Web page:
10 Absorbing Facts About Tea
Considering that tea is one of the most popular drinks in the world, it is quite likely that many of you enjoy tea on a regular basis. In many countries, it is a part of daily rituals or a mark of status and luxury. However, tea started out as much more than just an enjoyable drink. While no one is sure of its origins, some believe that it started out as a health tonic in ancient China and has slowly spread around the world since. The world of tea is absolutely fascinating, so put on the kettle and join us as we explore this wonderful beverage.
Much of the time, when people say they are drinking tea, they are actually drinking something called a tisane. You see, for something to be considered tea, it needs to actually contain the leaves of the plant Camellia sinensis, otherwise known as the tea plant. However, many of the concoctions you find in stores are simply a combination of herbs meant for all sorts of different purposes and don’t contain any tea leaves at all.
Back in the day, people had already realized that many different herbs had wonderful healing properties, and the main point of these herbal infusions was to improve health. Chamomile, for instance, can help you sleep, and ginger is often used to help those with an upset stomach. Since tisanes do not include tea leaves, they are naturally caffeine-free, so you can drink them at any time of the day.
9 Japanese Tea Ceremony
The tea ceremony is an important part of Japanese culture and involves the consumption of a delicious powdered green tea known as Matcha. However, while the ceremony seems to center on the tea, its more about the social ritual than anything else. You see, the tea ceremony originally began as an art form practiced by the elite of Japanese society as a way to bond socially and further their status. Every action is focused on how the guest would see things.
The ceremony usually involves only four to five people at a time. The tea is usually served with sweet snacks to complement the Matcha green tea. While the ceremony is considered very important in Japanese culture, it takes a very long time to achieve full mastery.
8 Decaffeinating Tea
Sometimes when you want a cup of tea, you really don’t want the caffeine, but all you have around is caffeinated black or green tea. Many people will tell you that there is a simple solution—decaffeinate it yourself. Some people say that this is as easy as steeping your tea for about 30 seconds, throwing out the first wash of tea, and then re-brewing. As it turns out, it isn’t quite that easy, although it is still possible to decaffeinate your own tea.
Researchers took the time to study how long it takes to remove the caffeine from the teabag. They found that you will need to brew your first batch for a good 10 minutes or so if you want to get rid of about 90 percent of the caffeine. While this does mean you will have to wait longer, most tea does just fine being brewed multiple times.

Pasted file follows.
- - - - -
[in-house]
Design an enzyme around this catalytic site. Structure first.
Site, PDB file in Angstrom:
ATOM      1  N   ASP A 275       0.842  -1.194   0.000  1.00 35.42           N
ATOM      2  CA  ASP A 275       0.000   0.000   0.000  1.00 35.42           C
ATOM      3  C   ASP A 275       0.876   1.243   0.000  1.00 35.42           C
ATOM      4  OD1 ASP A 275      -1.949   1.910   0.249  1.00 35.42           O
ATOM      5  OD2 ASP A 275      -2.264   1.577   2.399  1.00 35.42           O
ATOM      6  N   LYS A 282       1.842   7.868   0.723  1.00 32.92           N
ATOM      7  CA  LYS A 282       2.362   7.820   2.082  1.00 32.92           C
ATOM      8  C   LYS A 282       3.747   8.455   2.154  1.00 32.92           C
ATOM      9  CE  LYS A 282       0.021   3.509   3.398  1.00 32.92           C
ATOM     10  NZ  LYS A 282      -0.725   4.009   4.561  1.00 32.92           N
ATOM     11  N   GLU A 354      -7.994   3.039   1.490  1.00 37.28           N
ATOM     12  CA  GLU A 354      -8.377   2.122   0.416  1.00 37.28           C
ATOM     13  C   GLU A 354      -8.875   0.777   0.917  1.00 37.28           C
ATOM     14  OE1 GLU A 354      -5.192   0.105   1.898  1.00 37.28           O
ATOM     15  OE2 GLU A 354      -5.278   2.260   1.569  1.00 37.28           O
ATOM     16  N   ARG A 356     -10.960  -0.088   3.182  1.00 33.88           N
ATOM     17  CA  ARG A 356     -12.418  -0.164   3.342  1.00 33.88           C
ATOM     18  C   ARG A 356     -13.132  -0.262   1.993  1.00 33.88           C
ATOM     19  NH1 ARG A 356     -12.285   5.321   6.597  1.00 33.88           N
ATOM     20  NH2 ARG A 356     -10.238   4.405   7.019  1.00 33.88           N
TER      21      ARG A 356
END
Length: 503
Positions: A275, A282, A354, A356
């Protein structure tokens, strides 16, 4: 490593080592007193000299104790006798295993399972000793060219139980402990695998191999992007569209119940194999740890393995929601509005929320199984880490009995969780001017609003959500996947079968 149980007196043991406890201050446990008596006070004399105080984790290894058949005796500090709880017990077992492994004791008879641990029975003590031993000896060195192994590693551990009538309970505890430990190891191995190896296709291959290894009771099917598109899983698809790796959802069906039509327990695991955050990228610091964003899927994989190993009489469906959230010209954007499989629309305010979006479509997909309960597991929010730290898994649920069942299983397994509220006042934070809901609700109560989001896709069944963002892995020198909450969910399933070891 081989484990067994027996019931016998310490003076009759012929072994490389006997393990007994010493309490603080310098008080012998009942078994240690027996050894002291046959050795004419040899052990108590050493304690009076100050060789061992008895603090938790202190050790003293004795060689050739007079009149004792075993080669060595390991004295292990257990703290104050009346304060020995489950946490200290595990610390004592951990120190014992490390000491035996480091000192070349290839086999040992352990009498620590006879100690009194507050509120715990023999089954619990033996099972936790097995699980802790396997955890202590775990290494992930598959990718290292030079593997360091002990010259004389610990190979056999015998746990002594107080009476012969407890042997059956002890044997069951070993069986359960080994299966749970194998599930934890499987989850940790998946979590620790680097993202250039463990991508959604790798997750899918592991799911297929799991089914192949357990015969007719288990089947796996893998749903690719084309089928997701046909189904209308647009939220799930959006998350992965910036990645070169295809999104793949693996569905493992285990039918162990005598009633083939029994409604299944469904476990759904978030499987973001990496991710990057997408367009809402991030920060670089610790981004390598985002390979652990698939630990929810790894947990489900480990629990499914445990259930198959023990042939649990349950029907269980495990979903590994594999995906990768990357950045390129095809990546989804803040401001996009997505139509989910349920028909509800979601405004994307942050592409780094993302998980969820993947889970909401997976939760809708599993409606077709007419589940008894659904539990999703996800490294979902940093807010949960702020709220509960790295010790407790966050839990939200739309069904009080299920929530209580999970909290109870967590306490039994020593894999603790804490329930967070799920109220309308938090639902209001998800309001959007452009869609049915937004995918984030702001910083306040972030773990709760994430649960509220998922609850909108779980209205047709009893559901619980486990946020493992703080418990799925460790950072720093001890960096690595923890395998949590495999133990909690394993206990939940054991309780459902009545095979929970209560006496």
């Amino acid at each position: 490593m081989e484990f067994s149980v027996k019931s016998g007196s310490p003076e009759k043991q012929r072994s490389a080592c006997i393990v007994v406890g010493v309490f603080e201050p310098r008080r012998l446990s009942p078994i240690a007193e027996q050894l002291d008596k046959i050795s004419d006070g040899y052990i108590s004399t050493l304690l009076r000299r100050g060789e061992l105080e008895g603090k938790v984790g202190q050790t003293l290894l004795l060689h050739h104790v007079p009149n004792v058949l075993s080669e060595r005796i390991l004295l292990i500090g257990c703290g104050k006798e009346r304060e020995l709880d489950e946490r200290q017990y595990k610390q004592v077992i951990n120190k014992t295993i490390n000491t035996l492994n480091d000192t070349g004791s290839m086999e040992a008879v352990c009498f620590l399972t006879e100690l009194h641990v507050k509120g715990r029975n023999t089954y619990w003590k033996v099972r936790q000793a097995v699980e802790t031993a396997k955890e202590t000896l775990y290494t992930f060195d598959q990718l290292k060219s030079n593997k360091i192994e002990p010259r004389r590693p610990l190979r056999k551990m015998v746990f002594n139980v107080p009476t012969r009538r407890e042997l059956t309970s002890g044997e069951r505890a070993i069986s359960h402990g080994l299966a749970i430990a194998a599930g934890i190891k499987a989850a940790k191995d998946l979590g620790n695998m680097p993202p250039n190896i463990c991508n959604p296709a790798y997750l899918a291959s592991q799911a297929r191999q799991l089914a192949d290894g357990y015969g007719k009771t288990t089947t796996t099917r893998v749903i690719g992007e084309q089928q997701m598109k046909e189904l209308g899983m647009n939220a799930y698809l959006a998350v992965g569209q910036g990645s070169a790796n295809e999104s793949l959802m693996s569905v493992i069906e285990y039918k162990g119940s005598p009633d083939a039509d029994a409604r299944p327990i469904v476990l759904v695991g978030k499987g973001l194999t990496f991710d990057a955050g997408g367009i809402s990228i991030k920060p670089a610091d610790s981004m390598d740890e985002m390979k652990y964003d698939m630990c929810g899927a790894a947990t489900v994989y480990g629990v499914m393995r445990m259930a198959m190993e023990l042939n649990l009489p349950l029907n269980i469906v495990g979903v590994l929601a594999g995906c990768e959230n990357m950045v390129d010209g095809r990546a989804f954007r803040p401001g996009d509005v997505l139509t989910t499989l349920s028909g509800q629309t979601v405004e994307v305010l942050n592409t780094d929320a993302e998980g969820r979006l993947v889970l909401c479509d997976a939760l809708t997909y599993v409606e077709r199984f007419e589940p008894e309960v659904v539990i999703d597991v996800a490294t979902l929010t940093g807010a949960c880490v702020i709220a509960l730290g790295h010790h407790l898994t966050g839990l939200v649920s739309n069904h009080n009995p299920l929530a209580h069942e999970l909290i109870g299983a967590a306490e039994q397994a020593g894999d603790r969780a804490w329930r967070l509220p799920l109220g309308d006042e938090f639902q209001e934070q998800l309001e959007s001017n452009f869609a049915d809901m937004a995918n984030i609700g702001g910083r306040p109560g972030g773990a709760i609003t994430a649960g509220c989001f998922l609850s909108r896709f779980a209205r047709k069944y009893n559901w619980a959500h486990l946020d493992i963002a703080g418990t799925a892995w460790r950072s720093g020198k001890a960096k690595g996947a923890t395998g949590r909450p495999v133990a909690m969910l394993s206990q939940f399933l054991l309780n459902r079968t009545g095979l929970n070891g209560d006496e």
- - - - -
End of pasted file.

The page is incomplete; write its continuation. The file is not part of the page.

7 Soy Lecithin
Celestial Seasonings—one of the most well-known tea brands—has been under fire recently for including soy lecithin in many of their products. Of course, the company maintains that they use non-GMO soy and only for the purpose of blending the ingredients better. This is problematic for those allergic to soy, but for the rest of us, it actually isn’t that bad.
Lecithin itself has been looked at in many different studies, and while some results are inconclusive, it is believed to actually have beneficial effects for your health. Lecithin has been found in small studies to be effective in combating ulcerative colitis, also known as inflammatory bowel disease. It has been suggested as a possible treatment for a host of other problems. While not enough studies have been done to confirm its usefulness, some have suggested using it to treat Alzheimer’s, Parkinson’s, and even bipolar disorder.
The caffeine in tea can have quite a stimulating effect, but it usually feels much mellower than drinking coffee. The reason for this is that tea also contains something called L-theanine that has a very interesting effect on the brain.
Many studies have been done, and they all show L-theanine as having beneficial effects on the brain. It is prized for its ability to help induce meditative states, because it can help you relax without actually making you want to sleep. It has been found in studies to improve your memory, and even makes you more aware of your surroundings. It’s also been found to be capable of decreasing anxiety and good for dealing with stress in general.